David Platt appeared on the cover of FIFA long before Wayne Rooney had even seen the inside of a changing room, whilst Bruce Lee starred in his own game over two decades before 50 Cent did it in 2005.
However, the onset of casual gaming has seen a huge uptake in celebrity endorsements. Nintendo started the trend by using Nicole Kidman and others to promote its Touch Generation DS series, and today the likes of Vernon Kay, Angela Griffin, and Jamie Oliver have all attached themselves to upcoming releases.
“In any crowded market a celebrity endorsement gives you total cut through in order to speak to your consumer,” says Ubisoft’s brand manager Sally Cormack, following the recent signings of Holly Willoughby and Fearne Cotton to promote the firm’s Imagine series.
“If a consumer can relate to that celebrity then they are more likely to connect with the product as well. Celebrities make a product or brand more appealing and sometimes trustworthy. It also shows that a company has put thought, commitment and investment into their product.”
Adrian Clews, marketing account manager of Mary King’s Riding School publisher Ghostlight, adds: “Celebrity endorsements, such as Mary King, bring substantial value to a product and generate brand credibility. This is hugely important to any product but particularly in the competitive games market, where a product can get easily lost in the noise.”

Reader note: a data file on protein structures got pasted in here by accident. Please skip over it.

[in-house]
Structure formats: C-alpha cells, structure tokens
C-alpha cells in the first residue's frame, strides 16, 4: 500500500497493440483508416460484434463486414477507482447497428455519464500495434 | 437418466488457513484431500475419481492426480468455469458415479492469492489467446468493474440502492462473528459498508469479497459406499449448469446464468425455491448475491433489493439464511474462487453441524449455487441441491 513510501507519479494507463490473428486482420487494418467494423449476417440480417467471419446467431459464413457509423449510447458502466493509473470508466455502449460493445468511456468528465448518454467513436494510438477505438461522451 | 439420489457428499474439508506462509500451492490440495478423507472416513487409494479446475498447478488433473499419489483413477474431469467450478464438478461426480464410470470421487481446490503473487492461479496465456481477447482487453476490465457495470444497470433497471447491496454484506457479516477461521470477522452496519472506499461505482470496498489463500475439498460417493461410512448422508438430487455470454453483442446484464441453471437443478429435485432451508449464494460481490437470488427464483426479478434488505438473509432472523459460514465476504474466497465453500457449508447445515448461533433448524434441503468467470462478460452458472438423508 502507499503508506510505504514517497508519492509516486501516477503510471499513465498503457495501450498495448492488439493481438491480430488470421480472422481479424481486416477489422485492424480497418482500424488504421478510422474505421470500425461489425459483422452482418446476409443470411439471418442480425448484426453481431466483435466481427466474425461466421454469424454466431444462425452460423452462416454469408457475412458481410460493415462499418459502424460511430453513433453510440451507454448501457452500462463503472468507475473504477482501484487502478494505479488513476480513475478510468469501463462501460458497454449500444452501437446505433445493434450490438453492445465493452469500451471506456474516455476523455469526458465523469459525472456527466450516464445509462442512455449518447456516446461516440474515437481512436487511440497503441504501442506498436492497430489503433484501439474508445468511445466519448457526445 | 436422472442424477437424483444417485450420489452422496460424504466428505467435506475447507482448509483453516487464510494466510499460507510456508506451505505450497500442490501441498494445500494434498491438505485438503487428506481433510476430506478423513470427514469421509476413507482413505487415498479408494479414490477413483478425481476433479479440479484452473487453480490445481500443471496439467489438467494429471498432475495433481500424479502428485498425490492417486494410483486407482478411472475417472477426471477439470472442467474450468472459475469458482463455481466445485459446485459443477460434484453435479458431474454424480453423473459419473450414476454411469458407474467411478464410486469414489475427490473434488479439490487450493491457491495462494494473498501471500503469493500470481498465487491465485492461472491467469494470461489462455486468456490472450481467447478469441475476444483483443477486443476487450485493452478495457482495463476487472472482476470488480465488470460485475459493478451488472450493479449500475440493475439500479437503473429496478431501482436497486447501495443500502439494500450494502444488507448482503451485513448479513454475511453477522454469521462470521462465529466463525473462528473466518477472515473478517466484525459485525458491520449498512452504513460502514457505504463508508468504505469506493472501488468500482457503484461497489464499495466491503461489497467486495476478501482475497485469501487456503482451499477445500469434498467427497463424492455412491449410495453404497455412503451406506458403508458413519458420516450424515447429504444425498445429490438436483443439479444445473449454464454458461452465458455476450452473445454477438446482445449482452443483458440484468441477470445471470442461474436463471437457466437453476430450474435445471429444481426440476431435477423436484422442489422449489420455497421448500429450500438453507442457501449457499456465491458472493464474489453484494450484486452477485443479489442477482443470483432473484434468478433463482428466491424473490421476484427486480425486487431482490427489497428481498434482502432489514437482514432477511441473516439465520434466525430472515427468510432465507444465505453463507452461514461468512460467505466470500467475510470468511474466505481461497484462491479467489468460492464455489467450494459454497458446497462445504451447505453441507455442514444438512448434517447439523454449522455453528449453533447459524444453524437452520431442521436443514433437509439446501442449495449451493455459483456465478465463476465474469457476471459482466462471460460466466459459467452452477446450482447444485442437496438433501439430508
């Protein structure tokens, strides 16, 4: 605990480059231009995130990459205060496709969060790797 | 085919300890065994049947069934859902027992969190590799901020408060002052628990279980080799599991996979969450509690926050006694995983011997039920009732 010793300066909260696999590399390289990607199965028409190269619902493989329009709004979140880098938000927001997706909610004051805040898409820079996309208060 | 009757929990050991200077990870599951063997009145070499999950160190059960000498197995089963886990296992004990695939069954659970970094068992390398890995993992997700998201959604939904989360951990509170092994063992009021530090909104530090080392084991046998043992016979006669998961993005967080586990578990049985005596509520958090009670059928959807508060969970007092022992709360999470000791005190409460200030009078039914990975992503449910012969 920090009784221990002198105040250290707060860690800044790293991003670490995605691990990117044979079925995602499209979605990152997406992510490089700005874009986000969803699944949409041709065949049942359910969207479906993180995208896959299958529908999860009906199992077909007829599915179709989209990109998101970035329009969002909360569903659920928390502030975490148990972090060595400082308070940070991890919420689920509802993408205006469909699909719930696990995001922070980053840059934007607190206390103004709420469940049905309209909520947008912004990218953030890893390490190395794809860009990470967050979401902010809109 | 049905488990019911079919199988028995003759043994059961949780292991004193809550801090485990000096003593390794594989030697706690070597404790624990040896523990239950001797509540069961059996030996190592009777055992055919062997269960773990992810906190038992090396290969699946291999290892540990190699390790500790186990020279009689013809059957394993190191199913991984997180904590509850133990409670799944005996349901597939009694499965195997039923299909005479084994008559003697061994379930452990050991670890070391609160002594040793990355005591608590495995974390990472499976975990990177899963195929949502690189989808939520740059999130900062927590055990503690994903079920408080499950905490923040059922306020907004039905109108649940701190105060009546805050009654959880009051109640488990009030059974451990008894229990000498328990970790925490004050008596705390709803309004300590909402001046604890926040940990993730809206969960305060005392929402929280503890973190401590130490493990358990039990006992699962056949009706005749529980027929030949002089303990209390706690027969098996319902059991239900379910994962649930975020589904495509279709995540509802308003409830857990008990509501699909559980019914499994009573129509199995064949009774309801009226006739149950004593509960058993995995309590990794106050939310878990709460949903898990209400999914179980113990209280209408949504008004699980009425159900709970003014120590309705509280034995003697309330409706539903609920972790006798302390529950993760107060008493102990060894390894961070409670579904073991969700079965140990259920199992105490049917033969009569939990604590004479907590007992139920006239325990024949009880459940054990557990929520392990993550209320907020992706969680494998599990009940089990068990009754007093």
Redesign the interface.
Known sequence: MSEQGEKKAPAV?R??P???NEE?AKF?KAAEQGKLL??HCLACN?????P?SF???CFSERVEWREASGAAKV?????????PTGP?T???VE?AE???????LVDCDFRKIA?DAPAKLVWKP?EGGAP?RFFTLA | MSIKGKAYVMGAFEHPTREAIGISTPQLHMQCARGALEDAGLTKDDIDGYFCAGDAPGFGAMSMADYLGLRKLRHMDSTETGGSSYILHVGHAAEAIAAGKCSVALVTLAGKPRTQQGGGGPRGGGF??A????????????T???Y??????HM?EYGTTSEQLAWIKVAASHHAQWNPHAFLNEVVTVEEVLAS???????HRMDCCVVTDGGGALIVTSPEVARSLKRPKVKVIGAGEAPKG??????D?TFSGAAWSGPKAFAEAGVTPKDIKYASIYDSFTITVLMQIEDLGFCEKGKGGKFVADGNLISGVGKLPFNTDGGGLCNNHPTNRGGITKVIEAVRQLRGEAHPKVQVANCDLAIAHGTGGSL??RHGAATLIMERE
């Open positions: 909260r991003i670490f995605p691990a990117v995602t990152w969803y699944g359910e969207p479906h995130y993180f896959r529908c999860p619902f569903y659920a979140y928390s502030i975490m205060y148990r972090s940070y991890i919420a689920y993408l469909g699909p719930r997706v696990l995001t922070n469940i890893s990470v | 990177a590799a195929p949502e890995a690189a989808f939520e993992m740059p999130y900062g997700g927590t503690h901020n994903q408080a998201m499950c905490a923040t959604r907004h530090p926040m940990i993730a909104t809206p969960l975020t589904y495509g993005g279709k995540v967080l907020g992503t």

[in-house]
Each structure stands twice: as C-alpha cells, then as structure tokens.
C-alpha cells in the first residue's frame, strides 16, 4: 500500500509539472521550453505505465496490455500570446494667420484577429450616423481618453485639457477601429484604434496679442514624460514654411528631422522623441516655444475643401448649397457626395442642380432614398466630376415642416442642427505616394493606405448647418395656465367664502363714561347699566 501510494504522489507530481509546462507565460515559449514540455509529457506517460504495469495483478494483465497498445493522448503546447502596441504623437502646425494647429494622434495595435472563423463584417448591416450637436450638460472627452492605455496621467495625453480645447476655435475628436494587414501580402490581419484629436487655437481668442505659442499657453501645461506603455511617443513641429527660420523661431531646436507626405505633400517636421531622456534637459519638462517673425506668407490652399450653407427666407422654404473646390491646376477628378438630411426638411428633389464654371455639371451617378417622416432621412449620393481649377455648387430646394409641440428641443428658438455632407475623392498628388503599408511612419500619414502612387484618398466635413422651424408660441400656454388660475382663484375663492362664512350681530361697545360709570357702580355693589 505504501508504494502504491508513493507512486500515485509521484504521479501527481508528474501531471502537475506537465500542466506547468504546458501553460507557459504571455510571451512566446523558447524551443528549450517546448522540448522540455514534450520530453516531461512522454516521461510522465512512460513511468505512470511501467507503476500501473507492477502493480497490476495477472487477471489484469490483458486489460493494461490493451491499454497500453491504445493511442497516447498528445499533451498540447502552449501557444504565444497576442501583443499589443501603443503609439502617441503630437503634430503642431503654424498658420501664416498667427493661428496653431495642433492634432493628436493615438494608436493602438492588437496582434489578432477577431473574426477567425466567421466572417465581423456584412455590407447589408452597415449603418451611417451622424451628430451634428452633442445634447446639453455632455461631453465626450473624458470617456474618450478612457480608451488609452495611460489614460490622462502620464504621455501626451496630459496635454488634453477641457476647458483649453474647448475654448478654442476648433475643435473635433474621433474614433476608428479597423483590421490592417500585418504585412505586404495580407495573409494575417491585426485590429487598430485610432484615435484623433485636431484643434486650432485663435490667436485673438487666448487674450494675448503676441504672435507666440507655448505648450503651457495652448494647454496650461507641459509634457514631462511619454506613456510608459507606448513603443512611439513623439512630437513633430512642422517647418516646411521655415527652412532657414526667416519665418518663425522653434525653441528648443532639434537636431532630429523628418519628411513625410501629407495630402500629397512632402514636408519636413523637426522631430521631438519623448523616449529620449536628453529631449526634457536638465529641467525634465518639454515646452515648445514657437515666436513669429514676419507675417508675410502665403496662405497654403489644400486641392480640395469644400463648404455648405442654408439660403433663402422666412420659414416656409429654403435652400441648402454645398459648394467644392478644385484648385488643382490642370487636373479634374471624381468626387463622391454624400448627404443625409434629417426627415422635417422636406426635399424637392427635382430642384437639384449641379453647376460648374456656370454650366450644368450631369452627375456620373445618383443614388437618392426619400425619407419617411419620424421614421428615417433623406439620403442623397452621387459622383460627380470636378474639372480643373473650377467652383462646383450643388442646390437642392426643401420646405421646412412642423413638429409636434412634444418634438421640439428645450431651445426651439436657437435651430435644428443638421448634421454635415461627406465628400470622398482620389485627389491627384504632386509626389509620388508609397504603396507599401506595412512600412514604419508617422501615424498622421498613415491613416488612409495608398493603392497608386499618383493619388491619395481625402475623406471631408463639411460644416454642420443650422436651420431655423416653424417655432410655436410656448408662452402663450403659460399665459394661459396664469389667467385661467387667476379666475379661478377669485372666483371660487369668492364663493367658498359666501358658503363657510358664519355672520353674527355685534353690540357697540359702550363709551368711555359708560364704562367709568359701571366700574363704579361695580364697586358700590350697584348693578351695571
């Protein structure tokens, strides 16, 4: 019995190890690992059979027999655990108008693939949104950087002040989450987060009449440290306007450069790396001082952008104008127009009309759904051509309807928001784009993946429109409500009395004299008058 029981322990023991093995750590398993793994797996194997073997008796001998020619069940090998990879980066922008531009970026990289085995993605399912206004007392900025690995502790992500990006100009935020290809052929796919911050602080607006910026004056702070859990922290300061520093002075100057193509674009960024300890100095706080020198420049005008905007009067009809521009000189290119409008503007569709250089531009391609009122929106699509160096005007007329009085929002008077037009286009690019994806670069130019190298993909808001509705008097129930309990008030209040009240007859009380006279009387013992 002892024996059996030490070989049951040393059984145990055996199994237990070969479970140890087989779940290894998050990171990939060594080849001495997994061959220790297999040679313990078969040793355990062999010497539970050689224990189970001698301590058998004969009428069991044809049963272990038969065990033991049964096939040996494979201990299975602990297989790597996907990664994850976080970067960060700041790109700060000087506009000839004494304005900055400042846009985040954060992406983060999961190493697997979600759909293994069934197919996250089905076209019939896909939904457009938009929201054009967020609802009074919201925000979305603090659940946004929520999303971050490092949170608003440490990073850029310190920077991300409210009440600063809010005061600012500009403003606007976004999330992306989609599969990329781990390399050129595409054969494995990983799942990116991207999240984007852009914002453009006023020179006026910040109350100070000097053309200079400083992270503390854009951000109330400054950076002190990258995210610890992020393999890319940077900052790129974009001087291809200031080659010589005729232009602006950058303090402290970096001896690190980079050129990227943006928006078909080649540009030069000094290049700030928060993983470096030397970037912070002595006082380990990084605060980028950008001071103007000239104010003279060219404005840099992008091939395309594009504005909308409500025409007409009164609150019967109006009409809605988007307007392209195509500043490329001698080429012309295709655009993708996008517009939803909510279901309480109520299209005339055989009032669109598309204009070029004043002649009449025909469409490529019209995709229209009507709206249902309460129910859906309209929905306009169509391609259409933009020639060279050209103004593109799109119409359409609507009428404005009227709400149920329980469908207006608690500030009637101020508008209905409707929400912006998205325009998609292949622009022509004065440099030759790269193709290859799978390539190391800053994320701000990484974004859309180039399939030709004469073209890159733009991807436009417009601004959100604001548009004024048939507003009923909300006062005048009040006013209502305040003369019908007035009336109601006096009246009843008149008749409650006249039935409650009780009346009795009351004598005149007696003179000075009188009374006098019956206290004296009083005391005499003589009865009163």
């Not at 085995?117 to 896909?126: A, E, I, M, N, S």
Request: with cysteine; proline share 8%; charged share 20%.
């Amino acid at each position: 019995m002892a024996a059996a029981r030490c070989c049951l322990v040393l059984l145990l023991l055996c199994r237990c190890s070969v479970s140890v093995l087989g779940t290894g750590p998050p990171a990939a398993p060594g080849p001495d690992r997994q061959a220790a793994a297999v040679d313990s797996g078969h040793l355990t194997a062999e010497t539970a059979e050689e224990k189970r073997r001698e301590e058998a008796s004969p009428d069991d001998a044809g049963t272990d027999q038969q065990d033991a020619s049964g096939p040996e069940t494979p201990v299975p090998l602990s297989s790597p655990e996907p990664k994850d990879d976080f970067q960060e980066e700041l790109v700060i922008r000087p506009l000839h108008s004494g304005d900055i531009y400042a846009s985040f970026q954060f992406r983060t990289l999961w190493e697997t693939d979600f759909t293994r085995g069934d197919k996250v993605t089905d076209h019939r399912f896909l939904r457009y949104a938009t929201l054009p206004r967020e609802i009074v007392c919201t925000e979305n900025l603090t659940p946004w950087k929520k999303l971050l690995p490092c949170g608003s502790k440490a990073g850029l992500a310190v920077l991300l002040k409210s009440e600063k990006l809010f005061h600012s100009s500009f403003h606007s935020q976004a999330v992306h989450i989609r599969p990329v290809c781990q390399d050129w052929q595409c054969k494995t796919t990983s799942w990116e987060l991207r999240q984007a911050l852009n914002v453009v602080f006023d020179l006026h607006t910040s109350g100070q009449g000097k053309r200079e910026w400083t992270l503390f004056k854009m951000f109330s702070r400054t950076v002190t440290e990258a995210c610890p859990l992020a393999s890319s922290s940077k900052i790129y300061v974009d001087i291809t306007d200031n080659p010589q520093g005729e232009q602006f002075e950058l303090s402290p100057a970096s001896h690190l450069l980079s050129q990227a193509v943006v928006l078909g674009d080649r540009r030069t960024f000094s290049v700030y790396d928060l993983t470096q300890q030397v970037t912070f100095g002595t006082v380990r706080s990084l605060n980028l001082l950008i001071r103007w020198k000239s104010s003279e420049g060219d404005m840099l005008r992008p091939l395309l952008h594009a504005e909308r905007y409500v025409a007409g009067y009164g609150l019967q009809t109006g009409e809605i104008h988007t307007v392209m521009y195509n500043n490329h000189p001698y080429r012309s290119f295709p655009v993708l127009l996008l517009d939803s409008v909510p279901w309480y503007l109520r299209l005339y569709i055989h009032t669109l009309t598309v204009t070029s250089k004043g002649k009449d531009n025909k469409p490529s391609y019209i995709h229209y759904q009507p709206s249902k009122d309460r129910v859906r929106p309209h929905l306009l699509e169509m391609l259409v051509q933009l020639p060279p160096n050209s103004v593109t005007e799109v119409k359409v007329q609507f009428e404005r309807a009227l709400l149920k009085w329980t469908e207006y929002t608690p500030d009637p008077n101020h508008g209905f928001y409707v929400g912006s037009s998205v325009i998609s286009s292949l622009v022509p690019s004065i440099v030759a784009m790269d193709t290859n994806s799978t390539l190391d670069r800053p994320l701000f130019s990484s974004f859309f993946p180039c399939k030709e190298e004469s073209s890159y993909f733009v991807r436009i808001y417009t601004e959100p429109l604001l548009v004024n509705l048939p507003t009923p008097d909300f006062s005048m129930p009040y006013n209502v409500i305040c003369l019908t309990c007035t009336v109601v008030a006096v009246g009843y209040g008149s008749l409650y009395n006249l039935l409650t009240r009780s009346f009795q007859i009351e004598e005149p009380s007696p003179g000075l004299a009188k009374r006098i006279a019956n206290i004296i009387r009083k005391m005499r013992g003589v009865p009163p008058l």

Famous faces have become a good way in which to appeal to a growing casual consumer base, but they’re also an ideal way to demonstrate new peripherals and consoles.
Many publishers have been quick to follow Nintendo’s lead in producing TV adverts that focus on people playing games, as opposed to actual in-game footage.
“For Guitar Hero On Tour it was important for us to educate consumers on how innovative the game is,” enthuses Guitar Hero’s senior brand manager Ian McClellan.
“Our unique Guitar Grip is designed specifically for the DS. It brings all the brand essence of Guitar Hero into the palm of your hand. With this objective in mind we needed a completely different approach to our advertising.”
As the industry heads further into the mainstream, celebrities are likely to find themselves attached to more and more titles. Just last week at Leipzig it was announced that Gary Oldman will appear in Call of Duty: World at War, and that Jenny McCarthy, JK Simmons, and Tim Curry will star in Red Alert 3.
EA even recently announced Celebrity Sports Showdown on Wii, which will feature the likes of Fergie, Avril Lavigne and Nelly Furtado.
However, the use of celebrity faces does not guarantee success, as Cormack concludes: “Using celebrities to promote anything can be a positive thing if you do it correctly and sign the right people.
"In the past some companies have signed a celebrity who has absolutely no relevance to their product, which just doesn’t work. Using celebrities is something I would like to see happen more, especially to help promote the games industry in a more positive light.”